Bosun Tijani, the Minister of Communications, Innovations, and Digital Economy, has reached out to Elon Musk, the founder of SpaceX, to develop a maintenance program for Starlink, a satellite internet service in Nigeria. The request was made by Tijani on his verified X (formerly Twitter) account over the weekend.
In 2021, SpaceX approached the Nigerian government to obtain the necessary licenses for launching Starlink in the country. A year later, Musk hinted at introducing the satellite internet service in Africa in a response to a question on his X account.
In May 2022, Musk, who is also the founder of Tesla Inc., announced that Starlink had received approval in Nigeria. Tijani emphasized the importance of providing certified installers for Starlink devices and supporting local hardware startups in producing repeater boxes, stating that these measures would generate numerous job opportunities in the country.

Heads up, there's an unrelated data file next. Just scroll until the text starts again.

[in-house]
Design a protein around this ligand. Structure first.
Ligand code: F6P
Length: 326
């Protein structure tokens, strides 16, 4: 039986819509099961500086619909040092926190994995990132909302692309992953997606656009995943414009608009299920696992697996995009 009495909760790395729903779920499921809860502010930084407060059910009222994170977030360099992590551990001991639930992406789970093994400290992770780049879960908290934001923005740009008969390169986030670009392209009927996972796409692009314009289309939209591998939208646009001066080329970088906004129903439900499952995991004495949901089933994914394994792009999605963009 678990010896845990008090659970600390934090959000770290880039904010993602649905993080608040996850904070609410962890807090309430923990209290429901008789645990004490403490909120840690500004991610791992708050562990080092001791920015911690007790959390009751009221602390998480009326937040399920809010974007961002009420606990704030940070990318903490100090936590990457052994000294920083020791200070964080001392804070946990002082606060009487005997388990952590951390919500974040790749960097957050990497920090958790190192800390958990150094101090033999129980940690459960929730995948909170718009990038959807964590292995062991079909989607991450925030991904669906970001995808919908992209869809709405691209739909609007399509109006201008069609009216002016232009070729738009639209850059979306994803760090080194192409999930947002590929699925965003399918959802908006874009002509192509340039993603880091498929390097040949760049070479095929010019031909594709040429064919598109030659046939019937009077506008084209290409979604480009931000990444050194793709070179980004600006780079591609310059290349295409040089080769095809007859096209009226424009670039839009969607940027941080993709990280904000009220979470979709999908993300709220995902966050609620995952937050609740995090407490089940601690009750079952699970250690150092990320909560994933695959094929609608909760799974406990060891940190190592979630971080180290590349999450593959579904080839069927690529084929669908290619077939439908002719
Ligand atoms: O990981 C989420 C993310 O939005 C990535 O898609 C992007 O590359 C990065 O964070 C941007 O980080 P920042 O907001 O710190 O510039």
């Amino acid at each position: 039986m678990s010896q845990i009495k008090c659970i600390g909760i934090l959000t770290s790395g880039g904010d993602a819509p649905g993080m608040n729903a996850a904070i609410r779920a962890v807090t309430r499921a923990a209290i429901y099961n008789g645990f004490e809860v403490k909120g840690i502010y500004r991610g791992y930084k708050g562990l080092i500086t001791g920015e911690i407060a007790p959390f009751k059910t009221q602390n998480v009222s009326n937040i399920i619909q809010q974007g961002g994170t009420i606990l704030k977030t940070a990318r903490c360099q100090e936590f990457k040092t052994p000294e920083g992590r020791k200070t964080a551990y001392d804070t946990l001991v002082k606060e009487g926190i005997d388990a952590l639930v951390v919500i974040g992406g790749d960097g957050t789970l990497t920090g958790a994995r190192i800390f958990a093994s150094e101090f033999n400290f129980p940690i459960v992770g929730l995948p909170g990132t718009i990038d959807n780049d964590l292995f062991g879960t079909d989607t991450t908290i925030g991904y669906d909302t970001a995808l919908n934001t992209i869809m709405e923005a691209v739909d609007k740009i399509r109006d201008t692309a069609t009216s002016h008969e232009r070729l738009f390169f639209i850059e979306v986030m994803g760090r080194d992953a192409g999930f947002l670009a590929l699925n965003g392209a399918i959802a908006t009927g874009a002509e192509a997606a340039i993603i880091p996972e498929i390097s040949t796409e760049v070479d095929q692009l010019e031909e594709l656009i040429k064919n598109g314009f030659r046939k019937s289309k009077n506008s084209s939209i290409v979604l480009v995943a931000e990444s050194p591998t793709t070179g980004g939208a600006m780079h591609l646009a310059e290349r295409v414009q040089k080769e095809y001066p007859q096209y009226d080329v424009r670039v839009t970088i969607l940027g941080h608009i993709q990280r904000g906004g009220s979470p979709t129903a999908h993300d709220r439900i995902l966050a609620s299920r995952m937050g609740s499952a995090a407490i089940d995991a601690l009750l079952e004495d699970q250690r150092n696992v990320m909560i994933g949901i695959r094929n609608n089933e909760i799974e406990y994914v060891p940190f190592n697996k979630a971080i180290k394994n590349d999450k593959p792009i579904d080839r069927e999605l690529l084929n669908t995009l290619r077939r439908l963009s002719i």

During a conversation with Ryan Goodnight, the Senior Director of Global Licensing and Activation at SpaceX, Tijani discovered that Nigeria is the biggest market for Starlink in Africa. Tijani also discussed the issue of connecting unserved and underserved Nigerians with Starlink’s growing demand and suggested the creation of a certified installer/maintenance program for Starlink. He also proposed collaborating with local hardware startups to locally produce repeater boxes, with the goal of encouraging more tech companies to invest and develop the Nigerian tech ecosystem.
Starlink was launched as a low-earth orbiting (LOE) constellation of satellites designed to offer high-bandwidth, low-latency internet access to users around the world. Low latency refers to minimal delay times in network connections, while bandwidth refers to the capacity of an internet connection to handle information at any given time. Starlink operates by transmitting data through space, where it can travel faster than through traditional fiber-optic cables.